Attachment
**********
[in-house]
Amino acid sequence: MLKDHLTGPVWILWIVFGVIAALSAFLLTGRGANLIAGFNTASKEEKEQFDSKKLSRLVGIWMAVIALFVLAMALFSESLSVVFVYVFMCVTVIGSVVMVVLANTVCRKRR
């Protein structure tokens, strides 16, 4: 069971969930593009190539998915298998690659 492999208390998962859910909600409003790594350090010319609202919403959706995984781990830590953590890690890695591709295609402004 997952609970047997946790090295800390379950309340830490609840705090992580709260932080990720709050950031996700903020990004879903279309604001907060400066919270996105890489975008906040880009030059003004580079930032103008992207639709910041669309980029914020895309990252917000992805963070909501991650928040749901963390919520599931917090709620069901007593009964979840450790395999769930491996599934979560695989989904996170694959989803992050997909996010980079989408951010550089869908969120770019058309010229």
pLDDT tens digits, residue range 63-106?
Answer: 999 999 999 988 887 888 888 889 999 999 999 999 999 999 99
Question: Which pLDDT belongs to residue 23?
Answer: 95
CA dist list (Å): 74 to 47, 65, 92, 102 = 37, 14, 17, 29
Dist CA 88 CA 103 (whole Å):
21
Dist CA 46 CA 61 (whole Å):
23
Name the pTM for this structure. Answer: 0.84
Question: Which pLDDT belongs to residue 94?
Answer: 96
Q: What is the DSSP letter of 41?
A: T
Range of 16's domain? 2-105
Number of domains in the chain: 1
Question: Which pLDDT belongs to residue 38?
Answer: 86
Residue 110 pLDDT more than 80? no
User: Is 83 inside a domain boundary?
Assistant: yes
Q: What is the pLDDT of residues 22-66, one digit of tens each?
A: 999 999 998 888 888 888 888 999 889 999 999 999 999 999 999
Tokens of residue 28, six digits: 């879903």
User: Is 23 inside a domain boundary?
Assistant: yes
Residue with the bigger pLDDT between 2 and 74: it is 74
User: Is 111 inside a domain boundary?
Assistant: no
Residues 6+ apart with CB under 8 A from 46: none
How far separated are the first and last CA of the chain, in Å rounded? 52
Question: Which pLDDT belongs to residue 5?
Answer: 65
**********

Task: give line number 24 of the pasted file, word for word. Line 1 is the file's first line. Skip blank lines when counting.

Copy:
Assistant: yes